Wednesday, November 11, 2020

The Promise of a Heron

by Shelly Jones 

We don our masks each morning, step out into crisp 
sunshine, head up the hill, backs hunched, legs 
propelling us back in time to a safer version of ourselves.

We walk, ghost-like, on the empty campus: sheet-less 
mattresses, broken screens, a collage of sticky notes 
in a window spelling out “hi!” - a greeting from a lost 
species picked up by u-haul trucks, parents’ SUVs. 

We press on up the hill, breath no longer jagged, flagging, 
our lungs acclimated to the climb made so often - two, 
three times a day. There is nothing else to do, we think,
but that is not why we come. A shadow passes over us, 

darkening our faces. We look up, stop, point at the grey-blue 
bird - its wingspan prehistoric, its neck u-shaped, reminding 
us to turn around, look down the hill, at all we’ve climbed. 
We wait till we can no longer see the heron, start down the hill, 
passing the pond, its nest tucked in the reeds at the far side. 

We walk home, knowing we will head out again tomorrow. 

Sunday, November 8, 2020

Ghost trees

by M. Bennett

The Osage Orange hedgerow 
torn utterly from its foundation. 
Only a few mangled, lemon-curry roots 
lay exposed against darkest soil.

The mile-long sentry against 
wind and erosion dislodged from its 
WPA-appointed post with 
industrial efficiency.   

The dustbowl a 
distant abstraction. 

I still drive the road 
widened into the void.
The striated, serpentine bark 
of the gnarled trees, 
yellowed hedge apples decaying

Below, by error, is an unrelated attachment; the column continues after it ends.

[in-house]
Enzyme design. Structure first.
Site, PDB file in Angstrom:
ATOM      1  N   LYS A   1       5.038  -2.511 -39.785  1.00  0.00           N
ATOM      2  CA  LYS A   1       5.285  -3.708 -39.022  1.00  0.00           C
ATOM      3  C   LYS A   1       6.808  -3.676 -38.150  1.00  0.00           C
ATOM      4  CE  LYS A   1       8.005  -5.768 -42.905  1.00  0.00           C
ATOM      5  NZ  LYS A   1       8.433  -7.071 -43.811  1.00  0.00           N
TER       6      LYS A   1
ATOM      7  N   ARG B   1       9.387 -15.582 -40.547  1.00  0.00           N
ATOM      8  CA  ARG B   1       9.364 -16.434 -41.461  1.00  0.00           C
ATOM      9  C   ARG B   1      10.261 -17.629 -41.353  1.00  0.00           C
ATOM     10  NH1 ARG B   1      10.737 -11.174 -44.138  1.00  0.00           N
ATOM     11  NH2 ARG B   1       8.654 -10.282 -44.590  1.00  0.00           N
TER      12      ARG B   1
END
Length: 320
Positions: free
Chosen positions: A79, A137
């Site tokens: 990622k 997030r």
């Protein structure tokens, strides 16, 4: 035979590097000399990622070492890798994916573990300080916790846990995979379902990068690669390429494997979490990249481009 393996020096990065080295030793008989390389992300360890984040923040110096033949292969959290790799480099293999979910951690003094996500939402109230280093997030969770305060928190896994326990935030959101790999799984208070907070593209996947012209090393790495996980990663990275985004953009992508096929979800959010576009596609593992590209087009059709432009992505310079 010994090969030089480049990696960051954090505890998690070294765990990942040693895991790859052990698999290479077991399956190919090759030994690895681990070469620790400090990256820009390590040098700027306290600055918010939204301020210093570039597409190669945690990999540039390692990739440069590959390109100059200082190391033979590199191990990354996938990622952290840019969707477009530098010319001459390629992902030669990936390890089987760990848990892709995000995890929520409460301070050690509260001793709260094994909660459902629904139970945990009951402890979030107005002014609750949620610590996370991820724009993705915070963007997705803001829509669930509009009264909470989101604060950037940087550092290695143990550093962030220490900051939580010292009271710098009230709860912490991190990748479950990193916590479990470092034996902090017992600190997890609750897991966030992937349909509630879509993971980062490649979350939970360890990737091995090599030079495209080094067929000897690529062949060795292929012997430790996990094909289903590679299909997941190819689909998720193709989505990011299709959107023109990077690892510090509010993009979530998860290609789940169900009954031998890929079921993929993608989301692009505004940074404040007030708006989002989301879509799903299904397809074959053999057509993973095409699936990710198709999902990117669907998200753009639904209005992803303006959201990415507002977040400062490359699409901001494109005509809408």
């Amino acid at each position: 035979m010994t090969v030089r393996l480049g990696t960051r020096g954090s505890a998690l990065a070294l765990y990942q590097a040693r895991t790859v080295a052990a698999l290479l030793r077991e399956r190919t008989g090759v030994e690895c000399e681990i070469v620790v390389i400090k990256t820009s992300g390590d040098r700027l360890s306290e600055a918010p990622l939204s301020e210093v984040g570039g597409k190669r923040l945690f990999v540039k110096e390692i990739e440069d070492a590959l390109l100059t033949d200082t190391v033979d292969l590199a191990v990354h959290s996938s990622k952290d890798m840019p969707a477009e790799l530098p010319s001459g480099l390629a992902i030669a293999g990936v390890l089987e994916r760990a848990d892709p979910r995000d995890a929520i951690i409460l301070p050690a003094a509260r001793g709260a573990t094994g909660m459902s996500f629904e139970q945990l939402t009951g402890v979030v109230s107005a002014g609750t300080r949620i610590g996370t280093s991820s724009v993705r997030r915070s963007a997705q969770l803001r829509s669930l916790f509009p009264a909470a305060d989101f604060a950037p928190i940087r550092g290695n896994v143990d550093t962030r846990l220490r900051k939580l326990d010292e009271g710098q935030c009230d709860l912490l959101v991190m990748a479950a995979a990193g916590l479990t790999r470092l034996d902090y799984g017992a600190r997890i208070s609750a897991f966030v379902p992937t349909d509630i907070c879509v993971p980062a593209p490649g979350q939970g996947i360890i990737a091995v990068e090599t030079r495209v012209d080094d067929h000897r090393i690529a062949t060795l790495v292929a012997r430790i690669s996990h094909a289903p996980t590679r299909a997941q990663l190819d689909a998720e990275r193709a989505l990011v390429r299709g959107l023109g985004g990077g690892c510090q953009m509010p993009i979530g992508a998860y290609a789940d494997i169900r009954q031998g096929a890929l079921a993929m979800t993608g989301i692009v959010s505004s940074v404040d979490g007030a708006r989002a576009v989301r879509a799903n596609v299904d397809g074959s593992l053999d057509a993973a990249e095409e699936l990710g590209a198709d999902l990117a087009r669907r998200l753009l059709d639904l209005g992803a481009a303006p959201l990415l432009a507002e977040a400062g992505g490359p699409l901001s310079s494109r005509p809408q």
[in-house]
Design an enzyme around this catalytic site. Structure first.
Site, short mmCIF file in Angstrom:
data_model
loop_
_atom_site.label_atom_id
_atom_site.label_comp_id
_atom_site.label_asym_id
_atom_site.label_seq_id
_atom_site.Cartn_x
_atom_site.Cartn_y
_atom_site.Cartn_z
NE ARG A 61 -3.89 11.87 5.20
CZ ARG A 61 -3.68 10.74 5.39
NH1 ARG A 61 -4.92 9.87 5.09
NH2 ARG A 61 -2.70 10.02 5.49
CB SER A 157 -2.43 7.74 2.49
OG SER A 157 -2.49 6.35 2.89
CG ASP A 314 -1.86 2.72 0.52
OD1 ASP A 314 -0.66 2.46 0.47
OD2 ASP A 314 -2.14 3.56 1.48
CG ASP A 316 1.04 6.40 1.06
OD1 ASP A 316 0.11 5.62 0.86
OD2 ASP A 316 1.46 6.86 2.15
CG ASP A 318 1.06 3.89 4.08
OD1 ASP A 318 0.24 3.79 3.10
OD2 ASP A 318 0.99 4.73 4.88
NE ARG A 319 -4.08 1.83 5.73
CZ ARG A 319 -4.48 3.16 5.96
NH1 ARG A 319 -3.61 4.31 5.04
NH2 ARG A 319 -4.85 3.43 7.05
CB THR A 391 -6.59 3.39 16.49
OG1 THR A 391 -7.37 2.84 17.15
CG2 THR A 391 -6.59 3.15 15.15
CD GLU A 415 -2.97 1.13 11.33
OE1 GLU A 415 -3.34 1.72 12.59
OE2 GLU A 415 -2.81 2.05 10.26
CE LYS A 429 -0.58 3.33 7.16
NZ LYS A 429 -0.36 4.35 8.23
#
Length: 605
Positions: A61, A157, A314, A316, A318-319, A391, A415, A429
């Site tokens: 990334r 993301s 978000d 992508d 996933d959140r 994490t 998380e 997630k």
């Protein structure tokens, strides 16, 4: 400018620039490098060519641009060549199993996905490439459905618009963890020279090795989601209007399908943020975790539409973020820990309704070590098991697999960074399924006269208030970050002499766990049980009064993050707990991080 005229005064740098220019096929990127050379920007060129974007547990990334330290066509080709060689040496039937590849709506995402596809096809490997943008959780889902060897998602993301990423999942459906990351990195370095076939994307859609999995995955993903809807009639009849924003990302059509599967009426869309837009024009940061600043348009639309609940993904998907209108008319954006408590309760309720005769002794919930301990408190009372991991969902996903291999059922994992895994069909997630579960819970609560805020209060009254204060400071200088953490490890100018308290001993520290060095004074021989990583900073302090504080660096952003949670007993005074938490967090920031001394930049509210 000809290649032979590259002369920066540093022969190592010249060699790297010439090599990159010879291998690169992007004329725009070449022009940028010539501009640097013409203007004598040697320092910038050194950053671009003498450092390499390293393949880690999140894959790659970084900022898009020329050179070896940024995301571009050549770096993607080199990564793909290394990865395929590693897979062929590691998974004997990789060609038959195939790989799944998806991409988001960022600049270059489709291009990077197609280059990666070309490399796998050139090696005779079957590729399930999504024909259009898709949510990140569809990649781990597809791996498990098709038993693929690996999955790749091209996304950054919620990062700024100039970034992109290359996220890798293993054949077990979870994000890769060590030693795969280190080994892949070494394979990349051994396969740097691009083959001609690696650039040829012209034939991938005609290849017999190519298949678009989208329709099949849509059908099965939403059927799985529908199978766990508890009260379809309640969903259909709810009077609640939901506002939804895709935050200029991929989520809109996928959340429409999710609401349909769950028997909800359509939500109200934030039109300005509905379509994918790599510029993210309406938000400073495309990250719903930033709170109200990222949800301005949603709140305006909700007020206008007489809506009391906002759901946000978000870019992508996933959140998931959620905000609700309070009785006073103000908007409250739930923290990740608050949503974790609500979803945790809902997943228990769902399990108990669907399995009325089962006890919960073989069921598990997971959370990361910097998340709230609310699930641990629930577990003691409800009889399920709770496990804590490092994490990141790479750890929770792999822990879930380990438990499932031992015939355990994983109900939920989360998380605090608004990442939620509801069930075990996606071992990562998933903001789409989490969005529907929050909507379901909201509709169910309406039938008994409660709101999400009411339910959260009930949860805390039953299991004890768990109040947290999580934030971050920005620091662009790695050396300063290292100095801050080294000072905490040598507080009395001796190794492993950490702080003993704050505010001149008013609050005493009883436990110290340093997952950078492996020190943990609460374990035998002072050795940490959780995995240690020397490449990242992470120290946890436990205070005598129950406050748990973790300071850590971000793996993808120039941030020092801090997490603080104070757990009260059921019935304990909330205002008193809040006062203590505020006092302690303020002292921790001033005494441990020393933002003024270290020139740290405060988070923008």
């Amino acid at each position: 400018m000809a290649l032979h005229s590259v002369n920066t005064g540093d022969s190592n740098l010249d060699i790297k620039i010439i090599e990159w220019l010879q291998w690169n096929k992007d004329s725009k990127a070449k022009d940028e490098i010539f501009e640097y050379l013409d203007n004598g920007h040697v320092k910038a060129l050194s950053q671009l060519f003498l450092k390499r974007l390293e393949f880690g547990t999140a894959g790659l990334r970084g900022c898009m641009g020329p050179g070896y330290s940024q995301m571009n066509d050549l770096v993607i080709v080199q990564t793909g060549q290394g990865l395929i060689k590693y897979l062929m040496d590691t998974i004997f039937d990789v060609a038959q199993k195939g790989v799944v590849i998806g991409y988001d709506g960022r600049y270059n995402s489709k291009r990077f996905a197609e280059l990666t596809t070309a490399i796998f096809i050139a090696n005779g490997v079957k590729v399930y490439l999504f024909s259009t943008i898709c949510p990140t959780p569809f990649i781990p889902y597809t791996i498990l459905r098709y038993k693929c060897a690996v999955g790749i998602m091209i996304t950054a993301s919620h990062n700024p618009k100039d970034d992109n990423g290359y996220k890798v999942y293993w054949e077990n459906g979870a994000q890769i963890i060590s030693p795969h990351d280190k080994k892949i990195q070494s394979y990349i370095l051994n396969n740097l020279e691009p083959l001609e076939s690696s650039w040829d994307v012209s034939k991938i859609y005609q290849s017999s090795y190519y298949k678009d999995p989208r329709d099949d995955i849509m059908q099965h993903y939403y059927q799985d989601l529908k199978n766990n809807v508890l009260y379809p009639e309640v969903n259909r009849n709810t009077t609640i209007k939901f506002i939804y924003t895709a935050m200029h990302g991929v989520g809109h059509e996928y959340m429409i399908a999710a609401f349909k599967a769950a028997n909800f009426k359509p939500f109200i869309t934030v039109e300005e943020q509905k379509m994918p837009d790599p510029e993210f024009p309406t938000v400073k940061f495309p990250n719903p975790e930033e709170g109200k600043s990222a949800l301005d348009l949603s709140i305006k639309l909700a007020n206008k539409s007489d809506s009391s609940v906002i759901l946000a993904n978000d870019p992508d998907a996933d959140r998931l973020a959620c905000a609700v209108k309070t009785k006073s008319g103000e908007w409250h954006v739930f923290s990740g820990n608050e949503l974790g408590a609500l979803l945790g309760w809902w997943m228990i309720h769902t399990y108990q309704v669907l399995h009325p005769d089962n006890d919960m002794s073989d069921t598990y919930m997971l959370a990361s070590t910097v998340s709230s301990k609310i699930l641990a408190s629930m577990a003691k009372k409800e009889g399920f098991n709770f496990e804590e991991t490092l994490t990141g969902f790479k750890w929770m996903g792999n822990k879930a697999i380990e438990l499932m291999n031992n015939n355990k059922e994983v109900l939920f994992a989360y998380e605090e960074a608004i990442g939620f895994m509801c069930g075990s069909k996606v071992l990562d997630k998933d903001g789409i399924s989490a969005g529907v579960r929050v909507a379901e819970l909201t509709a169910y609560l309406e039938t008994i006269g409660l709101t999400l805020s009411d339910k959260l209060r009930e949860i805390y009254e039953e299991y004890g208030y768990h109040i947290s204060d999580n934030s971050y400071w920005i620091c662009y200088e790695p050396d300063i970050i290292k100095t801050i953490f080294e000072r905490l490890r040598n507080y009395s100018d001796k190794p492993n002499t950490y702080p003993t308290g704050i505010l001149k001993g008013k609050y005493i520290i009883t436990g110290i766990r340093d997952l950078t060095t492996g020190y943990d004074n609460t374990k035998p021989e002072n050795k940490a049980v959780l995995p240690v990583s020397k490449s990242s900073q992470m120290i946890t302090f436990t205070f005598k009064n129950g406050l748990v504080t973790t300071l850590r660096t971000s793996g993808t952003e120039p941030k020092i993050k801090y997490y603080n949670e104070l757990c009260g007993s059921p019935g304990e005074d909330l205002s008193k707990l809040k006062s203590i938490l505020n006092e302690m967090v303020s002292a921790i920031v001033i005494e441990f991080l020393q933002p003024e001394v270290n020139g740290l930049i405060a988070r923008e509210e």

beneath bowed, unkempt branches,
as clear still, clearer even,
than the emptiness just 
beyond the throw of the headlights.

Thursday, November 5, 2020


by Pepper Trail
The mountain is a mountain of stone
The valley is a valley of dust
The mantra in my head, making the drive
from Summer Lake to Wagontire, winding around
the hogback buttes on Lake County Road 2-06
before dropping down to the wide salt skirts of Lake Abert,
car juddering on the washboard, forever fleeing its white shadow
of dust, which catches us at every stop, wraps us, chokes us.
But on that mountain grow fat leaves of stonecrop,
seeming to wring water from the very stones, and in the dust a flower
called Dusty Maidens, disheveled heads powdery, but beneath,
a modest loveliness.  And in the sky a nighthawk, so high it is invisible,
but its nasal summoning cry ringing that blue and borderless bell, while
from the horizon-filling sagebrush the songs of meadowlarks rise in celebration
of  all that stone and dust provide.  

Wednesday, November 4, 2020

The Ring-Billed Gull

by Royal Rhodes

A Ring-billed gull
gulping cast-off waste
around a hulking rusty hull
that roamed the gulf's expanse
ate the rubbish in a haste --
a white form floating on the darkened waves
with yellow legs to dance
beside a sea of graves.

They  watch the sea
and salt-marsh estuaries
these breeding birds in symmetry
ignore a plastic owl
where a tidal river marries
with the sea, as one repairs its nest
like any fish or fowl
beyond this sand-dune's crest.

This chiseled beach
is thick with horse-shoe crabs,
and inland, far as it can reach,
is twisted kelp
where watchful, hungry gulls can stab
at food in heaps on barges that they crowned,
while giving unpaid help
to cleanse the cluttered ground.

Sunday, November 1, 2020


by Marilyn Dancing Deer Ward

wild barley
a drop of rain 


by Larkin Pazanova

Mountains rise harsh
Sun bakes the cracked grass
The Baileya still blooms


by Christina Chin

the autumn sunset 
kraa of crows